Have you ever come across a street entertainer who starts blowing a spectacle bubbles at the park or a festival, and all the kids immediately jump and squeal and lose their minds? And then you try to recreate the same scene at home for your children ... and fall short. Don’t worry — all is not doomed. You just need to get science on your side.
It’s all about the breath
The component that most determines a bubble’s formation isn’t the wand, or even the solution, but the wind speed. As Popular Science shares, mathematicians have recently discovered the optimal formula for bubble blowing:
U = √(5.6 x gamma / rho * R), where U is the wind speed, gamma is the surface tension coefficient between the two fluids involved, rho is the density of fluid you’re blowing, and R is the radius of the bubble wand.
If your response to that is like mine—a blank stare—you can think about it like this: For a bubble wand with a radius of 1 centimeter, the optimal wind speed is about 13km per hour. (For context, as PopSci notes, the average human sneeze is about 63km per hour.) Of course, you can’t actually measure how fast you’re blowing without fancy tools, so just try blowing at different speeds to see what works.
But the solution matters, too
For strong bubbles with a pretty rainbow sheen, use a liquid dish soap. These types of soaps are detergents, meaning that they contain surfactants, and surfactants are important because they reduce the surface tension in water. Less surface tension allows for a more even layer of water, thus making your bubble harder to burst. Adding a stabilizer such as white sugar or corn syrup adds strength, too.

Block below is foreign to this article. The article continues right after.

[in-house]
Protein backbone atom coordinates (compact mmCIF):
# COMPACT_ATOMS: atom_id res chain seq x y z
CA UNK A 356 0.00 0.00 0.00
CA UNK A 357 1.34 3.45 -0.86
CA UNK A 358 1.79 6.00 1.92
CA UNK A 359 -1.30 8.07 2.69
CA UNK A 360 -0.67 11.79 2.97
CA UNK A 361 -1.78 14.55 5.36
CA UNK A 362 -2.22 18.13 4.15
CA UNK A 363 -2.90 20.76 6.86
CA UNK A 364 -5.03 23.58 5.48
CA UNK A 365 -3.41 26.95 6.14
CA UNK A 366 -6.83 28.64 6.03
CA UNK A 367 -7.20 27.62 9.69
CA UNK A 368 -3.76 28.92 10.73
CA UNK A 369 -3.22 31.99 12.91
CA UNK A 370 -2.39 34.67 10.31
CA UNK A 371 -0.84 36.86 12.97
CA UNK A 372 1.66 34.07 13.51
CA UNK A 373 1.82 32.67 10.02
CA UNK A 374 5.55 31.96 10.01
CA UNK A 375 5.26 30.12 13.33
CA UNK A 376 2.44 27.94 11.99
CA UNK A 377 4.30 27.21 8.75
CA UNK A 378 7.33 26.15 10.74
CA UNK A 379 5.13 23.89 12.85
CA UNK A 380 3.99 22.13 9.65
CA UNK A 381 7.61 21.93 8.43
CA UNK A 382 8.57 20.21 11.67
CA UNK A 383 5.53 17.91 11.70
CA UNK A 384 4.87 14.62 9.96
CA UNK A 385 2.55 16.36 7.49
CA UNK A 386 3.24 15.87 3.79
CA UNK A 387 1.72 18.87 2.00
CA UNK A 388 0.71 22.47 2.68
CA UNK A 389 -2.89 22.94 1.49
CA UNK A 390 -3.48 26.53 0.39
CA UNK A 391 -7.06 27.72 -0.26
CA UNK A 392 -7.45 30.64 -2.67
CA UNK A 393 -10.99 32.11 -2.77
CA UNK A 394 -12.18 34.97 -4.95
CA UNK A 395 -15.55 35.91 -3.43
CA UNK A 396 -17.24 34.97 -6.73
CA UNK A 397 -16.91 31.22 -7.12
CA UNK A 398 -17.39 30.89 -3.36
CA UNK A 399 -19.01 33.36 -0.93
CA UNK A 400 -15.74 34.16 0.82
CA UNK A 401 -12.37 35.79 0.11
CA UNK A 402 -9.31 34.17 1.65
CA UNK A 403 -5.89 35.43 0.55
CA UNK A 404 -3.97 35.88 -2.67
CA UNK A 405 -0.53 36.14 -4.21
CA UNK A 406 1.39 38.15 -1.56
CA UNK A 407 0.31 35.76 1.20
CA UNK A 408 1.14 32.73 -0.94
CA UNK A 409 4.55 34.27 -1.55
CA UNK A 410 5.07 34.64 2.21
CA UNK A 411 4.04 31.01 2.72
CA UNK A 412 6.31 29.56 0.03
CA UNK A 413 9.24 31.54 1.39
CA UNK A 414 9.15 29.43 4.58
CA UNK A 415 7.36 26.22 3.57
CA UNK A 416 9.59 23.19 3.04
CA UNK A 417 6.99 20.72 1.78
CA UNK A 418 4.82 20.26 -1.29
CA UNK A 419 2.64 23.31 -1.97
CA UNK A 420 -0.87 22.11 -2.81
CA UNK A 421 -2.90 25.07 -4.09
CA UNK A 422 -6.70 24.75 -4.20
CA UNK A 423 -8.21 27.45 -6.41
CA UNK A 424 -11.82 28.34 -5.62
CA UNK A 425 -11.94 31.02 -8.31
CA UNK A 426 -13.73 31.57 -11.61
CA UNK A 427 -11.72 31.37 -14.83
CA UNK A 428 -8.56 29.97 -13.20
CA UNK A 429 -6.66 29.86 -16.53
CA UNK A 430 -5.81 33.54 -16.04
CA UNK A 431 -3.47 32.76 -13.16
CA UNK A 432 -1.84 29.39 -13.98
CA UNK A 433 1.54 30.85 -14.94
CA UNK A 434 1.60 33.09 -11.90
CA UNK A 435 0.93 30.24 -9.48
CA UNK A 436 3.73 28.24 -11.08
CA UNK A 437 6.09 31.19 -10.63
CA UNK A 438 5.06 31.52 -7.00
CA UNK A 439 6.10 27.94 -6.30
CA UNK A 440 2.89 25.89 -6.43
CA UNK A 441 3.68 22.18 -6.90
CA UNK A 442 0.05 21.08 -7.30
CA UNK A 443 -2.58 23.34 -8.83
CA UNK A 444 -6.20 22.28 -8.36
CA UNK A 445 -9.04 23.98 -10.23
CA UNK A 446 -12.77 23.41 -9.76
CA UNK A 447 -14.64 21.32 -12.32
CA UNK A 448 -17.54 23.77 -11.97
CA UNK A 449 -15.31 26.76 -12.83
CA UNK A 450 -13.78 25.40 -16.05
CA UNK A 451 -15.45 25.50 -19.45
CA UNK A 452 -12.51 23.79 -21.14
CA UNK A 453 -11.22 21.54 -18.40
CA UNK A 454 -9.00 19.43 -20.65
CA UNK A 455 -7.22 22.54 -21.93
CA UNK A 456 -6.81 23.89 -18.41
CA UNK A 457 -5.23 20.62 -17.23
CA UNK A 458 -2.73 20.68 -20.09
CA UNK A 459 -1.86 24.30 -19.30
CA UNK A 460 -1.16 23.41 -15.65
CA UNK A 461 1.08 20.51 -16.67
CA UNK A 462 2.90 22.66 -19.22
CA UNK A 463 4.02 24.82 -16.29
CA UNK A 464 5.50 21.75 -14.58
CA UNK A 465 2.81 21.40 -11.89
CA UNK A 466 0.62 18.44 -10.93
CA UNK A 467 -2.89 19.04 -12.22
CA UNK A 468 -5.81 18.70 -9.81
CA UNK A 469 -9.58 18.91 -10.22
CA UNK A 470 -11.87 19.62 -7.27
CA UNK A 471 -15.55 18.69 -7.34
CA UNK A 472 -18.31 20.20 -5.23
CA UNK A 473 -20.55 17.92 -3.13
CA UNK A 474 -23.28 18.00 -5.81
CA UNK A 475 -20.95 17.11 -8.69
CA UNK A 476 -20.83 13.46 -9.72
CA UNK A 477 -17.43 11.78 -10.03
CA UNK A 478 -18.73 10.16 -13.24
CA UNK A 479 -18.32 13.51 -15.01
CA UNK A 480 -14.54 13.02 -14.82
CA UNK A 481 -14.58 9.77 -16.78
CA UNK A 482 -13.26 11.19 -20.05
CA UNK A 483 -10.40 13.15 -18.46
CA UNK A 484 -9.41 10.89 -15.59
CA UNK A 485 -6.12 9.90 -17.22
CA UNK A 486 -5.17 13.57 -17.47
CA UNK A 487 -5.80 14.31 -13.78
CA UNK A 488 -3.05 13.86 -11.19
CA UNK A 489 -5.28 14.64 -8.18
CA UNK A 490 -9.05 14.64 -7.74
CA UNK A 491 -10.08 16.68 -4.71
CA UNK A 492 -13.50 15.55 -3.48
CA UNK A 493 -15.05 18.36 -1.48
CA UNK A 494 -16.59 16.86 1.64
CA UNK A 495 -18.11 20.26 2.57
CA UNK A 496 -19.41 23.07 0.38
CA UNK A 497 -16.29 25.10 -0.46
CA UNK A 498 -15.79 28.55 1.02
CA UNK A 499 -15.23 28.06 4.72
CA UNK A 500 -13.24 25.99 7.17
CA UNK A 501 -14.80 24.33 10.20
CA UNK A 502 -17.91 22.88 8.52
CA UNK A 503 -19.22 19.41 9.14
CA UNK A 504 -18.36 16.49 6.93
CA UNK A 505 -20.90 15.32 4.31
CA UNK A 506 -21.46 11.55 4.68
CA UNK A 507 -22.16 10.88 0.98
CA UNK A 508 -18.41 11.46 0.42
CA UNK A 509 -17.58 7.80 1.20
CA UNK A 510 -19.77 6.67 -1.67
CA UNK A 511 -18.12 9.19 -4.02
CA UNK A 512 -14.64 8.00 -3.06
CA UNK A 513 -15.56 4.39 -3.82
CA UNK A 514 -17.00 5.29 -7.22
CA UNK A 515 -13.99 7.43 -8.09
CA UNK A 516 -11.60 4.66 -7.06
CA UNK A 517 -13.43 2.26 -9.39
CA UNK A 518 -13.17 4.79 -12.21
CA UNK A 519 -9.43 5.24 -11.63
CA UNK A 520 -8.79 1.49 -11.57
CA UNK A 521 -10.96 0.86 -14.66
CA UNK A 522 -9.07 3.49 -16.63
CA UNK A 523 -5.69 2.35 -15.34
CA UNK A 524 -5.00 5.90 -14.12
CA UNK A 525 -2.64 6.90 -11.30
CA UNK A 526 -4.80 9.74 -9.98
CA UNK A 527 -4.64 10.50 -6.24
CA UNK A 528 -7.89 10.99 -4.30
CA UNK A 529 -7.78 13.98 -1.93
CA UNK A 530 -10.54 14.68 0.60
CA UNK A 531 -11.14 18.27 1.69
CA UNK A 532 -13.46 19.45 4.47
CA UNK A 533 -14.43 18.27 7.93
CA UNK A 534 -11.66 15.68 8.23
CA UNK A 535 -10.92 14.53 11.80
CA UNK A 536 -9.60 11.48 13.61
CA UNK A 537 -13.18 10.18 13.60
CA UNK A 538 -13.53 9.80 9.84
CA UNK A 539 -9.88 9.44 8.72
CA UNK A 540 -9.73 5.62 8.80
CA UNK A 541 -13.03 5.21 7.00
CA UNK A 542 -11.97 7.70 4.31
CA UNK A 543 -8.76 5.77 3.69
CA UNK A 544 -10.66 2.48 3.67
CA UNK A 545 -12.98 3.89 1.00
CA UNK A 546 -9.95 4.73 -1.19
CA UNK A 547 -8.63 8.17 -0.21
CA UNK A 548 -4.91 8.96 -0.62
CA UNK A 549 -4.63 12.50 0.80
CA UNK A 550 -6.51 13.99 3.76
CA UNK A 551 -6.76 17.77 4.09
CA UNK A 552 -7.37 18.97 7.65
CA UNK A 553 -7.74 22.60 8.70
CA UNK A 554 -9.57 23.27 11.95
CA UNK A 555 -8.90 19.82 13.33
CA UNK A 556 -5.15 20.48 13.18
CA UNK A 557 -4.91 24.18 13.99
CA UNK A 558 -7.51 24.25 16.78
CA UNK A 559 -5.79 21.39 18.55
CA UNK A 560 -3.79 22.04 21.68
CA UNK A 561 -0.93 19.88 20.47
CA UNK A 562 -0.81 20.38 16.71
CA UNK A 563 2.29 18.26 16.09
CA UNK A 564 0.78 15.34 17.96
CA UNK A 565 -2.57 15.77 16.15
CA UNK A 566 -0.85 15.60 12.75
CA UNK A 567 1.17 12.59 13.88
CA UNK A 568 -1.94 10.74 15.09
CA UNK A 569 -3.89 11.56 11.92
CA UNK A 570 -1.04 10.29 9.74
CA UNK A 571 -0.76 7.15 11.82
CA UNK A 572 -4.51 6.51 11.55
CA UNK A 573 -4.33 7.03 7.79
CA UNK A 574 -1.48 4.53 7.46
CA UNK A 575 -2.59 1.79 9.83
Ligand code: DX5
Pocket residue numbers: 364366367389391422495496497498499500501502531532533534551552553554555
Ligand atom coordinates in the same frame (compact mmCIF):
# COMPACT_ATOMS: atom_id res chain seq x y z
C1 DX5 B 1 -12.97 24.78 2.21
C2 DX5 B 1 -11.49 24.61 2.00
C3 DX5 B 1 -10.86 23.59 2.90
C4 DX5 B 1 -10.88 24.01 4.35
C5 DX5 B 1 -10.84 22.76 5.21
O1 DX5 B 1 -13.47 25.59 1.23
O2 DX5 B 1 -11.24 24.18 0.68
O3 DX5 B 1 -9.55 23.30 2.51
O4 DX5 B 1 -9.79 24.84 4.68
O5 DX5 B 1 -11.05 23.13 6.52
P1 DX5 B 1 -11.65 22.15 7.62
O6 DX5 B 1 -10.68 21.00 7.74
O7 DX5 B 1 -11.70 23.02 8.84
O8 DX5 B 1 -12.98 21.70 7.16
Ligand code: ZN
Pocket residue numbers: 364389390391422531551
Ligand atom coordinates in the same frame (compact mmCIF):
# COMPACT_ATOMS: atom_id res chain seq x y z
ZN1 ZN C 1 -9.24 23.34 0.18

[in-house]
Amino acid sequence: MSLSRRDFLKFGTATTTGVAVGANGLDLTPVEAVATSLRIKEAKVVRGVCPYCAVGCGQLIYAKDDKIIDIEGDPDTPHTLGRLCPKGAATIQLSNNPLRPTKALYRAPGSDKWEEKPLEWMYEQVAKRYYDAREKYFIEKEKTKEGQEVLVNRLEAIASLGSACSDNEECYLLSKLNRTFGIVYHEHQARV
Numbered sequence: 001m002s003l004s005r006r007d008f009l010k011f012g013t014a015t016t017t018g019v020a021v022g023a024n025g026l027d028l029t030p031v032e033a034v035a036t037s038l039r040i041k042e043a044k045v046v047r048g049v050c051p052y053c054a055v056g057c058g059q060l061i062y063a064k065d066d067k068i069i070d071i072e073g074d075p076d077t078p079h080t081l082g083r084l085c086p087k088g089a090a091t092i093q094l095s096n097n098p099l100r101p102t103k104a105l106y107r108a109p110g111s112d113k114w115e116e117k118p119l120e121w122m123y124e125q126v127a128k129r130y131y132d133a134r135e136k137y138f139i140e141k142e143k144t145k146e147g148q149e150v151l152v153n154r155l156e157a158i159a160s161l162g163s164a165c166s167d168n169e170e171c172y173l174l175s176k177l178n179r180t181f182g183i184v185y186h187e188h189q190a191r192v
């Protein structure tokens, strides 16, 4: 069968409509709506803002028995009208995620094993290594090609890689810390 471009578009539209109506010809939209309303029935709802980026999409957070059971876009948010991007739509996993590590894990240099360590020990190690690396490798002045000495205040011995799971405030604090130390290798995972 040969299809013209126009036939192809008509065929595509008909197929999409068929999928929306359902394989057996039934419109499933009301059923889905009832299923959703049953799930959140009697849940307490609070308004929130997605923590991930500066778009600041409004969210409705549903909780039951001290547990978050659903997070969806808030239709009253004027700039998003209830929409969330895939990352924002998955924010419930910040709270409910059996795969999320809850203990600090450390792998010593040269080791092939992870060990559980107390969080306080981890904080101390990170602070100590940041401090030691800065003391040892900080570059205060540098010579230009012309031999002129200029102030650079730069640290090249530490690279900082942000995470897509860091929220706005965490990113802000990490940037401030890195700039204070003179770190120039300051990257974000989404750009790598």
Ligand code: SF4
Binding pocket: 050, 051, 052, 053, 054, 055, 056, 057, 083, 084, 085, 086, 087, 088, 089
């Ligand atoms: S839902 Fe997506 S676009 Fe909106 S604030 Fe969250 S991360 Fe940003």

Professional bubble artists like Melody Yang adjust their solutions based on the environment they’re in—dry and hot atmospheres make bubbles pop faster, as does thin air in high elevations.
Here’s a tried-and-true formula used in the exhibits at San Francisco’s Exploratorium:
2/3 cup Dawn dishwashing soap
1 gallon water
2 to 3 tablespoons of glycerine (available at the pharmacy or chemical supply house.)
Experiment with different wands
The wand is the least critical component of bubble making—you can use the one that came in your bubble solution, string such as baker’s twine to make enormous bubbles, a pipe cleaner that’s formed into a circle, or your forefinger and thumb shaped into an O. Watch Yang demonstrate the finger technique here:
Soak your entire hand in the solution, make an “OK” sign, flip it on its side and start blowing. After you’ve made a bubble, she says, “What you have to do is close that hole and capture that air.” Try it, and watch your kids flip out. Thanks, science!